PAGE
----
How much do concierge doctors charge?
The cost of a concierge membership varies greatly, ranging from $1,200 to $10,000 per year. The average annual cost of concierge medicine is between $1,500 and 2,500 dollars.
Some practices let you to pay monthly or quarterly rather than all at once once a year. So you might have a $100 to $250 per month recurring credit card payment or automatic withdrawal set up on a monthly or quarterly basis.
PartnerMD is on the cheaper end of this spectrum, with monthly fees ranging from $150 to 185 depending on the market and how many family members you sign up for. On our website, you may use a clear cost calculator to estimate the cost of your subscription.
Patients are also accountable for the same clinical services provided in traditional healthcare practices, in addition to the membership cost. As clinical care, on the other hand, is frequently paid by insurance in the same manner that it would be in a regular practice.
What factors go into determining the price of a concierge medical membership?
Concierge medicine providers see a smaller number of patients, allowing them to provide more customized care and ensure lengthier sessions with no waiting. The membership fee allows them to maintain this relaxed pace. Concierge medicine physicals typically go above and beyond traditional physicals, allowing you to discuss your health objectives for the future year with your doctor. Some practices include this in their membership fees, while others do not. Each year, PartnerMD offers three levels from which to pick, and you can decide which is best for you with your physician.
How to budget for your membership in concierge medicine
There are various ways to manage the cost of membership, regardless of what your membership fee is. You are more likely to earn a family discount if your entire family works at the same practice. As a result, including your spouse, parents, and children to the plan will often result in a lower per-person fee. If you have children, the age of your children may influence who they see and how much it costs. Concierge care and health savings accounts (HSA) and flexible spending accounts (FSA) may work together. Check with your plan’s provider, but medical services work in the same manner as a copay or prescription would in a regular clinic. If you present receipts, several HSA and FSA plans will reimburse you for other services, such as wellness visits. Your firm may be willing to contribute or defray the price of membership and physical space. Workplaces are increasingly providing additional services, such as executive physicals, to all employees for a minimal charge or no fee at all. Employees can also construct their own benefits package using third-party services like Fringe at some organizations.
Other factors to consider while paying for concierge medicine
Aside from the cost, there are a few other factors to consider when you search for the best treatment for your health needs. Do your research immediately to locate the best suit for your medical needs.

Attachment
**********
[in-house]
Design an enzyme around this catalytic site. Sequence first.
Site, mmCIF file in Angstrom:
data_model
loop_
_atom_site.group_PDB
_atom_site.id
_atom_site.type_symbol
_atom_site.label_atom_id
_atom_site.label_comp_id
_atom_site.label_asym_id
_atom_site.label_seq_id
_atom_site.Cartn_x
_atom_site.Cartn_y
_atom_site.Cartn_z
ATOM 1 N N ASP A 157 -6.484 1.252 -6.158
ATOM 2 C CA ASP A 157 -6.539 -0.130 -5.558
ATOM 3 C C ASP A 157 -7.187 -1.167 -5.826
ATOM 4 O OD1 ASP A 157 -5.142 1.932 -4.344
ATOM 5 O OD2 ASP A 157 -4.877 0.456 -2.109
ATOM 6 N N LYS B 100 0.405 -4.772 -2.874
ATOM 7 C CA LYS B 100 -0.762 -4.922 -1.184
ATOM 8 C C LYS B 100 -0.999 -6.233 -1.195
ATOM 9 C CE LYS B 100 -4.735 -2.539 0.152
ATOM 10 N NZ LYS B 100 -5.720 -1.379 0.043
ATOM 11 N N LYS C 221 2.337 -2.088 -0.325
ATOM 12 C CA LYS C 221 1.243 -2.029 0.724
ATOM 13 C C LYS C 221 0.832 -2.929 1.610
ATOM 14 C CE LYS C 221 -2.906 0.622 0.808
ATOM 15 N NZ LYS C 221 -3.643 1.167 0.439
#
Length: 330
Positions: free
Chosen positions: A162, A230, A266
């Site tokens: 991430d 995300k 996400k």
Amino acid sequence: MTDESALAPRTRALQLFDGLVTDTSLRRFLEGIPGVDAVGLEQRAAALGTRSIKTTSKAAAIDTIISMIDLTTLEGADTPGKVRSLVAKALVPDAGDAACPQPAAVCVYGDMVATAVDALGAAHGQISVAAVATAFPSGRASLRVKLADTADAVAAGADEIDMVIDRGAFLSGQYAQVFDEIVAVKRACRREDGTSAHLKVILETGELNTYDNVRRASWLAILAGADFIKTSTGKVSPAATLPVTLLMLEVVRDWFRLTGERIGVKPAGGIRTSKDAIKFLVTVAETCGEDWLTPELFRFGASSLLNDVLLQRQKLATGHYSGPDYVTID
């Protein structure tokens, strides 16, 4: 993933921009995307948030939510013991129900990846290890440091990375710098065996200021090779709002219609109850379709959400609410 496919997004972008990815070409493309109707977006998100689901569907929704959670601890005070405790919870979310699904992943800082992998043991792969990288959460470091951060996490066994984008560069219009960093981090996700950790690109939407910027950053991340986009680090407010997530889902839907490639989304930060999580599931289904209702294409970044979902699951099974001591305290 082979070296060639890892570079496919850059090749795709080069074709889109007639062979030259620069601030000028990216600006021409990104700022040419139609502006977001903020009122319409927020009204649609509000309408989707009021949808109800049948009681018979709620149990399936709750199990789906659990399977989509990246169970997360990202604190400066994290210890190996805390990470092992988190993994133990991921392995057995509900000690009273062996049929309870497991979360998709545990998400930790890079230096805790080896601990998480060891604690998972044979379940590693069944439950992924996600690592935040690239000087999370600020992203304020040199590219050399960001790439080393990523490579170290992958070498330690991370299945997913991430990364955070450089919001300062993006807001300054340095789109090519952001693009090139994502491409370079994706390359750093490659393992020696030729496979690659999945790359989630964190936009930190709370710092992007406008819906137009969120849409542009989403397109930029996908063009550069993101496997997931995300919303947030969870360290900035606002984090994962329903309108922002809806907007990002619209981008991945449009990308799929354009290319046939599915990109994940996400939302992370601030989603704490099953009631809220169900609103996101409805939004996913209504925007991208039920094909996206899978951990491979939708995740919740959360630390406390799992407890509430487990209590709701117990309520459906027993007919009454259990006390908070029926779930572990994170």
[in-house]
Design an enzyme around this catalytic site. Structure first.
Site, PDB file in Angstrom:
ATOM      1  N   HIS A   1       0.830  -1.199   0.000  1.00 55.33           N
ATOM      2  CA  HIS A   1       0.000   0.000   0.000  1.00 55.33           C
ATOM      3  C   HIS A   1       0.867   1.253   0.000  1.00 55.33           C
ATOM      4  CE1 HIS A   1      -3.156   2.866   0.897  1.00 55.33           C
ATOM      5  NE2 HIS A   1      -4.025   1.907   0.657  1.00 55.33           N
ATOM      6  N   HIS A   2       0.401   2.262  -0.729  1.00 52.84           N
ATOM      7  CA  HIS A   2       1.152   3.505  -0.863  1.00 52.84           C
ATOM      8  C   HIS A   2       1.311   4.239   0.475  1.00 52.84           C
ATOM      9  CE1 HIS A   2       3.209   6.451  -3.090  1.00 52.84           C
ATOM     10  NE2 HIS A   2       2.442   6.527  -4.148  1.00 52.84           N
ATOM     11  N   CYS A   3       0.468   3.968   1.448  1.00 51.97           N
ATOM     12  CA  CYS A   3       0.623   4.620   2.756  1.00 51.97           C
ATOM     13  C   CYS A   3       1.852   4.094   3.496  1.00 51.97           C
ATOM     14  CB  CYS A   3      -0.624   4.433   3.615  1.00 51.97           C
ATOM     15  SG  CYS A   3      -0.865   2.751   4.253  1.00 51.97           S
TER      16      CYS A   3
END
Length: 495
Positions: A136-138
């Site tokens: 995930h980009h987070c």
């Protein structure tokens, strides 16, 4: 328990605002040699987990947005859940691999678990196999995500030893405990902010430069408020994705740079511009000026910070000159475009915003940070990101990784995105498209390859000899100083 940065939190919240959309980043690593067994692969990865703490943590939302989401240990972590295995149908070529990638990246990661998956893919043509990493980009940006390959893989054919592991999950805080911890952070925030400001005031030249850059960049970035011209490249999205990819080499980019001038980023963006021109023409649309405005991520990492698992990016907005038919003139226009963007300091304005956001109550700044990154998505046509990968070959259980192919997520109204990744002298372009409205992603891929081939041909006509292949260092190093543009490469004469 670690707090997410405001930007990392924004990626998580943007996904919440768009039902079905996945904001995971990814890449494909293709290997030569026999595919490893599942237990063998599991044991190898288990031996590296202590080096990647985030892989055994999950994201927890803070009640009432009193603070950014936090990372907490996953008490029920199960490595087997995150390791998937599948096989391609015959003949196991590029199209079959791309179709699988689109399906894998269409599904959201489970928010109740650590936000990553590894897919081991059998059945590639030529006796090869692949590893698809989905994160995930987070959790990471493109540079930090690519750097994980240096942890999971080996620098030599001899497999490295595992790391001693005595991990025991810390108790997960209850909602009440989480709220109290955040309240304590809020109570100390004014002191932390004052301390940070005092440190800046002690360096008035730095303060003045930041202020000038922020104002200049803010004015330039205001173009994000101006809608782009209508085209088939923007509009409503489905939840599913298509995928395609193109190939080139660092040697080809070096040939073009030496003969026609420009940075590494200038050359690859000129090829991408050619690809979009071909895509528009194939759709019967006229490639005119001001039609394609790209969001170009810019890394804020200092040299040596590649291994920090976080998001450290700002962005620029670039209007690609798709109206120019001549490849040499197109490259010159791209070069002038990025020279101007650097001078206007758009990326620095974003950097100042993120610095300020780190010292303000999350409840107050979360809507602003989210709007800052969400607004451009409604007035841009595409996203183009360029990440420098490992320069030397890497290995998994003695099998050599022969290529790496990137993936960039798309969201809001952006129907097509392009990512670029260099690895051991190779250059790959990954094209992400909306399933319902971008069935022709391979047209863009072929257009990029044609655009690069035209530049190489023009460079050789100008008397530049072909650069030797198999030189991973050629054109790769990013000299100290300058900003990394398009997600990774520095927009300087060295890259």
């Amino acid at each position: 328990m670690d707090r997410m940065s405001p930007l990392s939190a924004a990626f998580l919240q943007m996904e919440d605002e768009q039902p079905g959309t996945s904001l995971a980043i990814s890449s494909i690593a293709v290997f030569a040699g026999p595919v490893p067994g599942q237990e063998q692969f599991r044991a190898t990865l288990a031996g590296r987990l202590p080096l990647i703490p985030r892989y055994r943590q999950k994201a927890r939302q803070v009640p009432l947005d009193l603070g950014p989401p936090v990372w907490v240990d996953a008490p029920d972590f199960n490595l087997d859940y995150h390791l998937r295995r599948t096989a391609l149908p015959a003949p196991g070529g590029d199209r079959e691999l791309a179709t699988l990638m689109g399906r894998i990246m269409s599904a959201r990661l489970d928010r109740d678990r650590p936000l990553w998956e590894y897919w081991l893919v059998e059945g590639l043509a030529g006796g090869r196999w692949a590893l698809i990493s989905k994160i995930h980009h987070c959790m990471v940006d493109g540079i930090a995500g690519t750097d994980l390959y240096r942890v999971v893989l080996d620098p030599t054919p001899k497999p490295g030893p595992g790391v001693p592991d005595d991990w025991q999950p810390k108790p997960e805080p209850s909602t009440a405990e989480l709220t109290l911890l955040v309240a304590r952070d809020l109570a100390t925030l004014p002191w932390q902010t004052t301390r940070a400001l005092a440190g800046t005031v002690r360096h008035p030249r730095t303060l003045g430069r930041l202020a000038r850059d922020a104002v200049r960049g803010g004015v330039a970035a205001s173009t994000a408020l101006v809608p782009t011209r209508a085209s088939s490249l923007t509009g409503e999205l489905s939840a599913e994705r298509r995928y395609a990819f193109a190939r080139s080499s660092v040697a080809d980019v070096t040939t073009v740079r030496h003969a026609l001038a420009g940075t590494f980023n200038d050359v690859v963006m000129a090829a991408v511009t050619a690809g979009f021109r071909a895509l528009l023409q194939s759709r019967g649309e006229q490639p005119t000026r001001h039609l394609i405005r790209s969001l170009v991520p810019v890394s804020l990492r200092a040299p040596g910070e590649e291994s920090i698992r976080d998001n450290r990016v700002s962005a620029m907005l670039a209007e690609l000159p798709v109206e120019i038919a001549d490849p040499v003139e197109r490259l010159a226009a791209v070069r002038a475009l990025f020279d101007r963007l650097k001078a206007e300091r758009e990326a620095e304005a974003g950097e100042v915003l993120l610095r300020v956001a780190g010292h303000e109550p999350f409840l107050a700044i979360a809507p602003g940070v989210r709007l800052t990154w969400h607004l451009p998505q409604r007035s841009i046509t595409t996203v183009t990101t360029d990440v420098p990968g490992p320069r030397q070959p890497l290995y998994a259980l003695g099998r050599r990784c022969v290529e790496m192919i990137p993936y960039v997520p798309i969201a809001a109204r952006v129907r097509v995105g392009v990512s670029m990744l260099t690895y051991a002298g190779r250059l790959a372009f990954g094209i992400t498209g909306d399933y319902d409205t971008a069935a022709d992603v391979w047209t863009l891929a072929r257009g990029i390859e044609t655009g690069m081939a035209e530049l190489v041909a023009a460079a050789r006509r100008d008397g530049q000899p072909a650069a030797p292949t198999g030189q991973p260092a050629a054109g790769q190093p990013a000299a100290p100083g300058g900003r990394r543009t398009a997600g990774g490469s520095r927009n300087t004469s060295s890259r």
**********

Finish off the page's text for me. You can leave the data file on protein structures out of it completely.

The majority of concierge subscriptions can be purchased on an annual or quarterly basis. However, check to see if an office accepts monthly payments rather than greater lump fees. Make sure there aren’t any hidden fees for monthly payments.
It’s a good idea to read the fine print in any contract. Learn when and how to make payments, as well as how to cease making payments if you wish to move on.
Some practices allow you to get out of your contract right away, while others keep you in until the end of the year or demand a termination fee with no reimbursements. PartnerMD never binds you to a long-term agreement and just requires 30 days’ notice in writing.
Expect a positive experience with concierge care, but be prepared for a change if necessary.
Concierge services can be used in conjunction with regular health insurance. However, double-check that the concierge office you’re considering works with your particular carrier. Examine whether they accept government-sponsored plans such as Medicare, Medicaid, or Tricare, which you may need now or in the future.
The Care Model
This may seem obvious, but be sure the care you’re considering is a concierge service. Other health-care regimes may appear comparable, but they have significant distinctions for you.
For example, direct pay care is based on a membership model but does not function with insurance or government-sponsored schemes for ongoing care.
Other versions appear to be a mix of concierge and regular care. Doctors may see both concierge and non-member patients, or they may work in a practice where only a small percentage of the staff adheres to the concierge model. These offices usually charge lower membership fees in exchange for a limited concierge service.
To discuss your medical needs for Concierge Medicine in Las Vegas NV with a female board certified internist call 702-850-22422 today.